“She said all a body would have to do there was to go around all day long with a harp and sing, forever and ever. So I didn’t think much of it…I didn’t see what going to Heaven would get me, so I decided not to even try to get there.”
It’s no surprise that a teenage boy would find the idea of walking around all day singing and playing the harp unappealing. Heck, if that’s all heaven is, I’m not interested, either.
When Huck rejects the idea of heaven, Miss Watson quickly changes tactics and starts to warn him of “the bad place.” However, this strategy fails too—Huck quickly says he wished he were already there! Perhaps we can see glimmers of Mark Twain’s famous quip, “Go to heaven for the climate and hell for the company.”
So many of the promises of heaven and threats of hell are just what the song Melody and Jacob sang says they are: empty. Why would anyone want to go somewhere that sounds so boring? Why wouldn’t they prefer the place where it seems all the fun people go?
But what if heaven and hell isn’t about going somewhere? What if it’s about being present here and now?
In a sermon called “Knockin’ on Heaven’s Door,” theologian Sam Wells said this: “The Bible doesn’t speak much about heaven as the eternal dwelling place of Christians. Instead it speaks of heaven as the place where God dwells.”
And God doesn’t dwell up on a cloud, stroking his long white beard. We hear this in the book of Revelation: “See, the home of God is among mortals; He will dwell with them.”
God isn’t somewhere far off; God is right here. And I’m not talking about the God who is an old white man, the God who offers only the empty black grace of judgment. If that is what we mean by God, then I am comfortable calling myself an atheist.
The God I am talking about, the God that dwells with us and in each one of us, is a God of love, a God of peace, a God of justice.
The day before yesterday, I participated in one of the Moral Monday rallies in Raleigh. There, I met a woman who has attended church in the past but not for a very long time. She said that her religion is kindness. She gestured around her at the community of people dedicating their time and their energy and their voice to the cause of justice, and she said, “This is my church.”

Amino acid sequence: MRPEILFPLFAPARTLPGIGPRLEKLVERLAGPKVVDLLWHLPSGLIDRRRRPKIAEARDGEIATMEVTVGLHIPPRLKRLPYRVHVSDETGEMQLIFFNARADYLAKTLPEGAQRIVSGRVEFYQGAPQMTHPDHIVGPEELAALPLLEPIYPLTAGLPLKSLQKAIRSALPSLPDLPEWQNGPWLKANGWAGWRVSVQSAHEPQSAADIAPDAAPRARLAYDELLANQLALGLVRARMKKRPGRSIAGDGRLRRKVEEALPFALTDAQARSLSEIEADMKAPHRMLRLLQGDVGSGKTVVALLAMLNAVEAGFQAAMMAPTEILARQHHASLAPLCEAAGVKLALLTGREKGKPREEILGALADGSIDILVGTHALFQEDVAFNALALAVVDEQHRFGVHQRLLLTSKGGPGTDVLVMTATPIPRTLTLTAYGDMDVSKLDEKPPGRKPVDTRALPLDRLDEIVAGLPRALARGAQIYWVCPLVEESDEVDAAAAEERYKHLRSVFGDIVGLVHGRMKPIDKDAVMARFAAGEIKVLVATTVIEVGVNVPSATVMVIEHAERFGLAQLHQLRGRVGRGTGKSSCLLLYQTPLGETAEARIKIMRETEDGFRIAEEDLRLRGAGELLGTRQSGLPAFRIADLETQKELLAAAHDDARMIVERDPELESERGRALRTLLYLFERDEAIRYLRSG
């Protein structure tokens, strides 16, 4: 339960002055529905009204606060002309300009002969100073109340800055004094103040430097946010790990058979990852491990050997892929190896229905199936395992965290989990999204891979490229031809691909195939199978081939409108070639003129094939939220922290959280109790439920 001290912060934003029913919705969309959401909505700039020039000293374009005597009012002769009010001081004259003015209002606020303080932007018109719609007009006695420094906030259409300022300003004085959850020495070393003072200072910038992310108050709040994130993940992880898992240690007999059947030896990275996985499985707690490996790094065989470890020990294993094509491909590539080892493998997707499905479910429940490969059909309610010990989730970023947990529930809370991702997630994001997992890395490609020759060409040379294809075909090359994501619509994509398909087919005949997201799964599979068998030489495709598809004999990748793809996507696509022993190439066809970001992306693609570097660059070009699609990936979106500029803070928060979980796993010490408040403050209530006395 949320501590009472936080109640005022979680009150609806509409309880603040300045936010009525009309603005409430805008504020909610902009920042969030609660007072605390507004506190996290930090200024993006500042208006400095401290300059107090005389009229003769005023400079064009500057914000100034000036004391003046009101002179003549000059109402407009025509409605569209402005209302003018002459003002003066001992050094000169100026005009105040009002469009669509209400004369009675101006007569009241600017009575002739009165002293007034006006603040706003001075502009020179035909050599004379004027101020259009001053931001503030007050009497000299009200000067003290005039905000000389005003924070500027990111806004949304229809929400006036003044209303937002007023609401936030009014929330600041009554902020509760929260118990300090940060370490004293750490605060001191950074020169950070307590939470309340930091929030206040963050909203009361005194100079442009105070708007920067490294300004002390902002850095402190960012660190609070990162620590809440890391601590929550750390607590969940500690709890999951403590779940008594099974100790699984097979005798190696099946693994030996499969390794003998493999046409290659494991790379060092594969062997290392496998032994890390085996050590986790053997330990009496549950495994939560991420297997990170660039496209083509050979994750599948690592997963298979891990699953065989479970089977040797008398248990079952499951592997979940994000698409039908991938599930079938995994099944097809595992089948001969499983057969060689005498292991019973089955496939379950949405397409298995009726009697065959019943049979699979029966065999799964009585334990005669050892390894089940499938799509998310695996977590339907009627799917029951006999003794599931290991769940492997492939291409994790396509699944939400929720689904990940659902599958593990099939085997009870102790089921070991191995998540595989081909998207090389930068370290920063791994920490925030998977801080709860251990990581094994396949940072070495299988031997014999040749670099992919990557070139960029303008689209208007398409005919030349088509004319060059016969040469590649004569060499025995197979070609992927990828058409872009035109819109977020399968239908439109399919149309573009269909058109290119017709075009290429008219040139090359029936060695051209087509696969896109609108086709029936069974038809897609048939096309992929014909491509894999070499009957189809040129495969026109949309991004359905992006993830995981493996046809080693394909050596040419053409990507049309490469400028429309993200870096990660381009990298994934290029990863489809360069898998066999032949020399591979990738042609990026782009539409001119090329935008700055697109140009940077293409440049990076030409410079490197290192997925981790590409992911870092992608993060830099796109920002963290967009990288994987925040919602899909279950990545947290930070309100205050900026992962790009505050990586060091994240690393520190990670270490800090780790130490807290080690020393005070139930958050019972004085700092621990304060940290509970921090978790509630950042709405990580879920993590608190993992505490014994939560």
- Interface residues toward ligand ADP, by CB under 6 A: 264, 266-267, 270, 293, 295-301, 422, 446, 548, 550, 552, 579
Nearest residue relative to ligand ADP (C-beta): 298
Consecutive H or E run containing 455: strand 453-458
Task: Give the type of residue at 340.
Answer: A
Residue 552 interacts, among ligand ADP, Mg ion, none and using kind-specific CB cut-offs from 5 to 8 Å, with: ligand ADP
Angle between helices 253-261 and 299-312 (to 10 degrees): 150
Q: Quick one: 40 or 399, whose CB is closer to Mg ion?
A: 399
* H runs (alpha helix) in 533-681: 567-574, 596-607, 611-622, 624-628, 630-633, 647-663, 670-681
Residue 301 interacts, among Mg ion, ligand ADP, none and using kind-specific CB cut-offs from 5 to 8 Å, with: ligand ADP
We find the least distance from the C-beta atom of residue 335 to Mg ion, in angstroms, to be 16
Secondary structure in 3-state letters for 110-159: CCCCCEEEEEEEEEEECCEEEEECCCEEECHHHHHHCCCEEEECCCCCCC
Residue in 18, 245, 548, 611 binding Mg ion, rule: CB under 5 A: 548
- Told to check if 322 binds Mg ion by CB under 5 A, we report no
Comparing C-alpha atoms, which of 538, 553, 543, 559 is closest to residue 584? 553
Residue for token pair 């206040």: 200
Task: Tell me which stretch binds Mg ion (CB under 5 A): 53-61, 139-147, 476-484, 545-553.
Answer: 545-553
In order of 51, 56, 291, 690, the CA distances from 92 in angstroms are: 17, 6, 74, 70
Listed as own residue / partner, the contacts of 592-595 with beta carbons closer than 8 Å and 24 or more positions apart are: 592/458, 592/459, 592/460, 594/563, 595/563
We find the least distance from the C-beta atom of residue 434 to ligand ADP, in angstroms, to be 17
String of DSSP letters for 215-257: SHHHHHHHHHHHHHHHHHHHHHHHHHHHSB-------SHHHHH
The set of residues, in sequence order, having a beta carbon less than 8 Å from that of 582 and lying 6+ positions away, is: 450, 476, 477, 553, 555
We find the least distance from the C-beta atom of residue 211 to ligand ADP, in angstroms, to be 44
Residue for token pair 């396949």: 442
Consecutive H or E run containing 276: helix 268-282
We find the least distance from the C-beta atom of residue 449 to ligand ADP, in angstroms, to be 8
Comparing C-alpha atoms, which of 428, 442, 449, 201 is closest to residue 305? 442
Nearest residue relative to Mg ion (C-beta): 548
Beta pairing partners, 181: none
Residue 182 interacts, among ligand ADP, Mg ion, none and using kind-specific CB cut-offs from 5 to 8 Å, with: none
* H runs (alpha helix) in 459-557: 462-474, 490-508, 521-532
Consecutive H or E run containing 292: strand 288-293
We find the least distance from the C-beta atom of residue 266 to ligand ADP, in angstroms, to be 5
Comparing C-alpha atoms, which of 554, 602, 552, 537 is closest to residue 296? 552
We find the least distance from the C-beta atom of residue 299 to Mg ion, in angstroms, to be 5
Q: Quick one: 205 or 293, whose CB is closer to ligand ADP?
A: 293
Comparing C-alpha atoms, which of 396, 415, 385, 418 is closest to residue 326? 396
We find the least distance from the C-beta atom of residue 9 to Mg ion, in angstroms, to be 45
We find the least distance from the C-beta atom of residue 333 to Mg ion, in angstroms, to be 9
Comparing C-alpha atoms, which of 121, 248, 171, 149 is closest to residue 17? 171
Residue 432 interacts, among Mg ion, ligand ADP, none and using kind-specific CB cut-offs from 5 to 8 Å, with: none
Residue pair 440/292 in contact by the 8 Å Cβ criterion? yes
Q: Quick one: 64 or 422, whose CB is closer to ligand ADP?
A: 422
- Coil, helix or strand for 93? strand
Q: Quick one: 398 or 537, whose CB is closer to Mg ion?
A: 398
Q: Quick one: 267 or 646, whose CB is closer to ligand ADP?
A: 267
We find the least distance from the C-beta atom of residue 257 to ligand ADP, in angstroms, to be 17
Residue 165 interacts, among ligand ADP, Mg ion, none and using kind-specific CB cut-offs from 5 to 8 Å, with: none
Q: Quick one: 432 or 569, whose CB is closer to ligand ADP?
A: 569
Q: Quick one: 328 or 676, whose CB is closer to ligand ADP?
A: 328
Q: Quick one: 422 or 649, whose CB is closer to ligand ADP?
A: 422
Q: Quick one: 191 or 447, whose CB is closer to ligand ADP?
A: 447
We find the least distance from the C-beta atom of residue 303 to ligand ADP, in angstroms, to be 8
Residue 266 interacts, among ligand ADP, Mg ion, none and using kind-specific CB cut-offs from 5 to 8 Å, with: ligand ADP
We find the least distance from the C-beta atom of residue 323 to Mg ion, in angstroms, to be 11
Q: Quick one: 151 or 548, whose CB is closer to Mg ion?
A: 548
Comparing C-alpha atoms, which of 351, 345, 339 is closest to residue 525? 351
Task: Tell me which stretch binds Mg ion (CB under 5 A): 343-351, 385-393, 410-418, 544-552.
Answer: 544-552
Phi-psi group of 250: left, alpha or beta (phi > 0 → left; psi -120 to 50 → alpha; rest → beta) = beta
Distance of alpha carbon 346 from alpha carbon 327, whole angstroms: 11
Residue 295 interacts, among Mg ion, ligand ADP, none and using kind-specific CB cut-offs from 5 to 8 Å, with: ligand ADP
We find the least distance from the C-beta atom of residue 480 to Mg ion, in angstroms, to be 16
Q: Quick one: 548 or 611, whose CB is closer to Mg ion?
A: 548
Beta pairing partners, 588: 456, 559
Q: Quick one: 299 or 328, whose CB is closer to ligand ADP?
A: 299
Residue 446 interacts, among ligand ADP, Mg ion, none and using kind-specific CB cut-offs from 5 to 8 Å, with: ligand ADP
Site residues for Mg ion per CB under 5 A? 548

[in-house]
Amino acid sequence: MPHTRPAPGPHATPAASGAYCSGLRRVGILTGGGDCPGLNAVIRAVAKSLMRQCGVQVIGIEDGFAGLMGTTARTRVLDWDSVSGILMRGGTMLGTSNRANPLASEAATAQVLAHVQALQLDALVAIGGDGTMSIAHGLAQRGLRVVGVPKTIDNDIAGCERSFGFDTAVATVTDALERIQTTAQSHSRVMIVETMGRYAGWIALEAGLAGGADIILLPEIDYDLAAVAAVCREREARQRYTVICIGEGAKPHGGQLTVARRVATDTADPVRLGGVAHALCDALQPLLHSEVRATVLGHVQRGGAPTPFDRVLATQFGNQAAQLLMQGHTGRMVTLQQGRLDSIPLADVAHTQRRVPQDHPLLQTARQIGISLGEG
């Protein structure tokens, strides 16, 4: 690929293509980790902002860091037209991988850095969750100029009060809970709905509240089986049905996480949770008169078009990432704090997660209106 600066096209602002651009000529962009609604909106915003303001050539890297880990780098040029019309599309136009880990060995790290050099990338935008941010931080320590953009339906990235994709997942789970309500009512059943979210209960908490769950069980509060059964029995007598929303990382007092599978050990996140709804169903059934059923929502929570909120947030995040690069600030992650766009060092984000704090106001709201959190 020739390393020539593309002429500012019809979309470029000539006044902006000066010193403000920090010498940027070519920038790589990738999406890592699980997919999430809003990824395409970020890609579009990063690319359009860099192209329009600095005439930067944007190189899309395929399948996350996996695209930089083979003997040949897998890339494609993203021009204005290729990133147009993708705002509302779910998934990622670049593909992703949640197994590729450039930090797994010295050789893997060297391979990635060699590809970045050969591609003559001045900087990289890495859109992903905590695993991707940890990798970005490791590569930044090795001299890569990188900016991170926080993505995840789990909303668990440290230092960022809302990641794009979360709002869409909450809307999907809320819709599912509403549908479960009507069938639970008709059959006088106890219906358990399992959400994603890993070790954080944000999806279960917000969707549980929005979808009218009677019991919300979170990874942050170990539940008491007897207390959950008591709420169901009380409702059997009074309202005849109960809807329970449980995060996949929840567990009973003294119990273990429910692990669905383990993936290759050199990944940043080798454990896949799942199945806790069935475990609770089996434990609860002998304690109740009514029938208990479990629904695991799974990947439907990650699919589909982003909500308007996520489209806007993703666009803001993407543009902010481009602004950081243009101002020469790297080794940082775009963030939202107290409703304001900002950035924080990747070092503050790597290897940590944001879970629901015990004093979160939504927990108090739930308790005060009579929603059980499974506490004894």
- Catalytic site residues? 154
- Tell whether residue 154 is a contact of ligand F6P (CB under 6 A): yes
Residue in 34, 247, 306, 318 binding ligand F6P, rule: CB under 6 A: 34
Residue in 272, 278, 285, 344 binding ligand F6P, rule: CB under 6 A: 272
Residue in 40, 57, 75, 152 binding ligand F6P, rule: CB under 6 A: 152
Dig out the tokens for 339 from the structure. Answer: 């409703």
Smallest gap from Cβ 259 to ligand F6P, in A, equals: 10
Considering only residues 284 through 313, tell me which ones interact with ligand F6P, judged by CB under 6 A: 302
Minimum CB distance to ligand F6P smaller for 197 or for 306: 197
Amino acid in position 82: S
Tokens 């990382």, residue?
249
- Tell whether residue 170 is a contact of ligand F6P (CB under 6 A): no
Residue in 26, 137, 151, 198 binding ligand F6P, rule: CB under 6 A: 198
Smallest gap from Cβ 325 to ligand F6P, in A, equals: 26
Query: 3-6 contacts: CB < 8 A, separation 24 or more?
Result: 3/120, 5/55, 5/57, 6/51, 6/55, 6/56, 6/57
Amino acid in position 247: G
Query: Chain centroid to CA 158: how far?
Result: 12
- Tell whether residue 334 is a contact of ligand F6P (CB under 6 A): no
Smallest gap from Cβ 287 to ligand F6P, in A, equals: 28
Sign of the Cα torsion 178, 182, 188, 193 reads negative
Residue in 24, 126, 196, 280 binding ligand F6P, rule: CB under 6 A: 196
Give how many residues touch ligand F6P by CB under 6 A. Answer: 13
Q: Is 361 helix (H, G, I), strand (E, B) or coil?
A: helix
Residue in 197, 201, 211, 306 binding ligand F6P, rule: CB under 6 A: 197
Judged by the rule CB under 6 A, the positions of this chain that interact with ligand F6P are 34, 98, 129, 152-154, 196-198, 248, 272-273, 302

Heaven is right here if we’re doing it right—and that means pursuing kindness and seeking the good of all people. When Jesus started his public ministry, he did not say, “The Spirit of the Lord is upon me to make people want to go to heaven and to make them really afraid of going to hell.” Jesus said, “The Spirit of the Lord is upon me because he has anointed me to bring good news to the poor…to proclaim release to the captives and recovery of sight to the blind, to let the oppressed go free.”
Methodist pastor Mike Slaughter says, “We have overemphasized getting people into heaven to the neglect of getting heaven into earth.” Good news to the poor, release to the captives, recovery of sight to the blind, setting the oppressed free—these are all ways of doing it right and finding that heaven is right here.
Have you ever seen those bumper stickers that say, “Don’t Postpone Joy”? I’d add to that—don’t postpone heaven. Don’t postpone love or justice or truth or beauty or grace. We don’t have to wait to get in anywhere to have all of that. Heaven is right here if we’re doing it right—and harps are optional.
There’s one other song I always think of when talking about heaven. Sing it with me if you know it:
Ooh, baby, do you know what that’s worth?
Ooh, heaven is a place on earth.
They say in heaven, love comes first.
We’ll make heaven a place on earth.
Ooh, heaven is a place on earth.
Sarah S. Howell